The Norwegian Trade Council has launched a new initiative – Springboard UK – to help small Norwegian technology companies get close to potential customers. The great majority of the 1,600 oil and gas supply companies in Norway are small and medium enterprises. Many of these have technology products of interest to the international market but lack the resources to market themselves widely.
Springboard UK will help such companies set up at UK research and technology parks. These parks represent thriving clusters of new technology with strong links to the marketplace, which will provide a good launching pad for the Norwegian companies to reach their target markets, says Hans Peter Christophersen, the NTC councilor responsible for implementing the initiative. This is aimed specifically at three sectors: offshore, information and communication technology (ICT), and biotechnology.
Under the deal offered by the NTC, Norwegian companies can rent office space on a full- or half-time basis, or just set up a postbox. They can sign up for a pilot period of eight months at a low rent, during which time they will receive eight days' advisory services from the NTC. When companies were interviewed about the proposed scheme, the response was enthusiastic, Christ-ophersen says.
As a first step, the NTC was due in March to inaugurate a Norwegian section with 10 companies at the Surrey Research Park in Guilford south of London. Most of the companies are involved in the ICT sector, but one is active in the oil and gas sector, and Scandpower AS, which develops software for risk and hazard analysis for the oil industry, has already been present at the park for some time.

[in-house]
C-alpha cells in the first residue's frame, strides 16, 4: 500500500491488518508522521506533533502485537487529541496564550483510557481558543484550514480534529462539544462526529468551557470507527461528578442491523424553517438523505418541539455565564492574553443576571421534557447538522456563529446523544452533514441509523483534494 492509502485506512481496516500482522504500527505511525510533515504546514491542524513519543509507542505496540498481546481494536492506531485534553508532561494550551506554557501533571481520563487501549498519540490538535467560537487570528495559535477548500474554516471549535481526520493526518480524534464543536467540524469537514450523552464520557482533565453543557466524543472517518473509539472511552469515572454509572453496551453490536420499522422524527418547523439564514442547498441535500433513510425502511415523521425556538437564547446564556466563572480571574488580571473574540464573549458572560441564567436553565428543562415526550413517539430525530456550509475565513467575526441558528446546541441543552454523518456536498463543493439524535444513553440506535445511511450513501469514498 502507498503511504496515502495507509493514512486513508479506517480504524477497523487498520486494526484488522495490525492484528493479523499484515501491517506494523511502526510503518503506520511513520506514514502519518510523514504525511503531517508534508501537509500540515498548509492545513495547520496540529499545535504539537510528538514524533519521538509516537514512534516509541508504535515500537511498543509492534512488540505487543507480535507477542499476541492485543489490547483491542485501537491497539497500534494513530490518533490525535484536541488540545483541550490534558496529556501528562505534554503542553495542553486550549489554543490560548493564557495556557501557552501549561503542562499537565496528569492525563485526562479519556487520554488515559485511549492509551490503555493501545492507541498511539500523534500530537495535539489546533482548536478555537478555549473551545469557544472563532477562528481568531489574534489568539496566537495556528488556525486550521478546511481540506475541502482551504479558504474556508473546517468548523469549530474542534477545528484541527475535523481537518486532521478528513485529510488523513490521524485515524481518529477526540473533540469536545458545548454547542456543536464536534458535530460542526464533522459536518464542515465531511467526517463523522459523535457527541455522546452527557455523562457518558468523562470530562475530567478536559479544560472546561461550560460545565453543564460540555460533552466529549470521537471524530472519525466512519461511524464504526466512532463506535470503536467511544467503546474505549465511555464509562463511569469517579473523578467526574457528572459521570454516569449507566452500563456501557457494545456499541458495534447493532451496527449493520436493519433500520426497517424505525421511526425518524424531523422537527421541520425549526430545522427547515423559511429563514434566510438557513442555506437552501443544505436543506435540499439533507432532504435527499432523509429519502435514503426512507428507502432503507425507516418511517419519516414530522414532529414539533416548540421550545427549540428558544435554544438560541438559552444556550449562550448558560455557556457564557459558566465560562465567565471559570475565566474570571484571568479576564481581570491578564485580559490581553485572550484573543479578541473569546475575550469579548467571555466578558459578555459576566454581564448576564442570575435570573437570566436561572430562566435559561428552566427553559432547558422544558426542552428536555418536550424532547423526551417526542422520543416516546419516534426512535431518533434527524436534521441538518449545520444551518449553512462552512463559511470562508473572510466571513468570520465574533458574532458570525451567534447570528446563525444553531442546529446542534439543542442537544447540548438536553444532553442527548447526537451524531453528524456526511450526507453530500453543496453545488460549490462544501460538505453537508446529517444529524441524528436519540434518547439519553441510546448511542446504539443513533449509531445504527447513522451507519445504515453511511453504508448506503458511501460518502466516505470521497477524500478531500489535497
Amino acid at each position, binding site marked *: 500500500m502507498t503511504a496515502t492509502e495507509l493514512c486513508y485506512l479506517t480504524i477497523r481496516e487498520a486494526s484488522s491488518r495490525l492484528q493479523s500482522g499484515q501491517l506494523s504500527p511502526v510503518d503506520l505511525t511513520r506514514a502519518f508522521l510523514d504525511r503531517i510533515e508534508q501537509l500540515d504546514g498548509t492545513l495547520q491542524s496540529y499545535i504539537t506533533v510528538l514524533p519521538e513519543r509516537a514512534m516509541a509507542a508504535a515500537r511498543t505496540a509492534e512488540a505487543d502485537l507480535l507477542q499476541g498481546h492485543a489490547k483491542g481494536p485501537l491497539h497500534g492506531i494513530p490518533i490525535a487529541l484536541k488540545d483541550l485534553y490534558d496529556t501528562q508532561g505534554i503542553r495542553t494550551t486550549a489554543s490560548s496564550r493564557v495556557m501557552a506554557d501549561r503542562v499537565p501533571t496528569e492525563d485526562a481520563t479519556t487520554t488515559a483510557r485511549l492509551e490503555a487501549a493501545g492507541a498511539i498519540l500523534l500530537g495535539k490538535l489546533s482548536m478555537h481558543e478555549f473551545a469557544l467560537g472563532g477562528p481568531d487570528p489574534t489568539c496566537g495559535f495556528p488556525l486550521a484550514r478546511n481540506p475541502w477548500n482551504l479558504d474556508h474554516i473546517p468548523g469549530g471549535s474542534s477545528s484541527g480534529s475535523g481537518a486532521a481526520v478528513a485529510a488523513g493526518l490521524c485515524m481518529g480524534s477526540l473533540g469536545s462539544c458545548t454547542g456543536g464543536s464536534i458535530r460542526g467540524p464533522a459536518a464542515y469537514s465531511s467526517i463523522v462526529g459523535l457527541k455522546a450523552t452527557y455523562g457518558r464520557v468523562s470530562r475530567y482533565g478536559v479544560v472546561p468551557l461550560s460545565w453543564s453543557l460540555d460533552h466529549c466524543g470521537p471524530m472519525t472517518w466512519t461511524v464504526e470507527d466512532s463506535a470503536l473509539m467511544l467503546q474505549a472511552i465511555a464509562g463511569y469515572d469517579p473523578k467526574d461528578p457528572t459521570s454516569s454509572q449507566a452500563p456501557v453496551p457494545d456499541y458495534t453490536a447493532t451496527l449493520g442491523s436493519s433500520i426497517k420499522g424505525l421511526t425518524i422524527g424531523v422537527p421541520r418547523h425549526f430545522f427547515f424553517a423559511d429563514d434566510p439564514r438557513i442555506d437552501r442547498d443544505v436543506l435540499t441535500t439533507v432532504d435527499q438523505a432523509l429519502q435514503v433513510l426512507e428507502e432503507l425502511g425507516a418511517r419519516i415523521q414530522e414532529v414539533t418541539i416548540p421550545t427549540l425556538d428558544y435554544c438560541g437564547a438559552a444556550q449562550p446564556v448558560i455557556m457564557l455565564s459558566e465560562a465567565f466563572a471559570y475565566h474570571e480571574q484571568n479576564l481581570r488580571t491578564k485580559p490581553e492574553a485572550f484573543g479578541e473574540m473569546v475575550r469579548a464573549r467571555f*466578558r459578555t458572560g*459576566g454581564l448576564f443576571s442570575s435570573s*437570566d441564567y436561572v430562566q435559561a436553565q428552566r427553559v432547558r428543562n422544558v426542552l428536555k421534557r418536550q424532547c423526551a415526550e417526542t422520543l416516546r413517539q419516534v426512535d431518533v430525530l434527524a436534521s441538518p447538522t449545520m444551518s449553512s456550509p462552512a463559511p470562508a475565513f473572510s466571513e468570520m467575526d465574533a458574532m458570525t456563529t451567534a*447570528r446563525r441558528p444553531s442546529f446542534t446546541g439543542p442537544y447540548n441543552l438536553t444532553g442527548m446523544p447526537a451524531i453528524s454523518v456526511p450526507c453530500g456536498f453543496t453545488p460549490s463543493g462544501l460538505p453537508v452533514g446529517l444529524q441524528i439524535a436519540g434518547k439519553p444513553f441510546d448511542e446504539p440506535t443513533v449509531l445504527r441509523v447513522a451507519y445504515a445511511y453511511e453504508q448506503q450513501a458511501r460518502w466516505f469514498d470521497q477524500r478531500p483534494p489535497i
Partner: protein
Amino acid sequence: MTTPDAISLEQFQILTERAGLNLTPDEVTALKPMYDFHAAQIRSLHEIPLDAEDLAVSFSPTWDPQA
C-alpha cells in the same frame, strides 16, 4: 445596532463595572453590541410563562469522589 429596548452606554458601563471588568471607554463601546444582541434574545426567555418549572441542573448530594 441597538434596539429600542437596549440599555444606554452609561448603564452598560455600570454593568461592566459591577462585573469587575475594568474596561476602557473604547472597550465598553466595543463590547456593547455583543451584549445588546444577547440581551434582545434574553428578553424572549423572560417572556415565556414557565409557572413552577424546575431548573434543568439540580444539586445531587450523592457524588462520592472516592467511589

Hans Peter Christophersen, NTC councilor responsible for implementing the Springboard UK initiative.
The next step will be to set up a Nor-wegian center at the Aberdeen Science and Technology Park/Offshore Technology Park in Aberdeen, and in this case the companies involved will be overwhelmingly offshore-based. The NTC has yet to sign up interested parties, but expects to inaugurate this center in September. One Norwegian company, Kongsberg Simrad, is already established there.
As long as the companies concerned register as UK enterprises, they can also make use of UK support services, Christophersen says. These include Scottish Enterprise's Star Centers initiative in the US, where it has established five centers from which UK companies can market themselves to customers in the Gulf of Mexico and other regions served from the US.
Springboard UK can be seen as a positive contribution to the cross-border cooperation promoted by the Norwegian and UK governments. The UK authorities, which see it as helping to bring investment to the country, have welcomed it. In a similar spirit the NTC suggests that channels should be opened to assist small UK technology companies to reach the Norwegian market and has proposed such an initiative to the Rogaland Research Park in Stavanger.
It is also working to have an incubator area for Norwegian and UK start-up companies at this year's Offshore Europe show in Aberdeen in September, along the lines of the incubator section introduced at Offshore Northern Seas in Stavanger last year.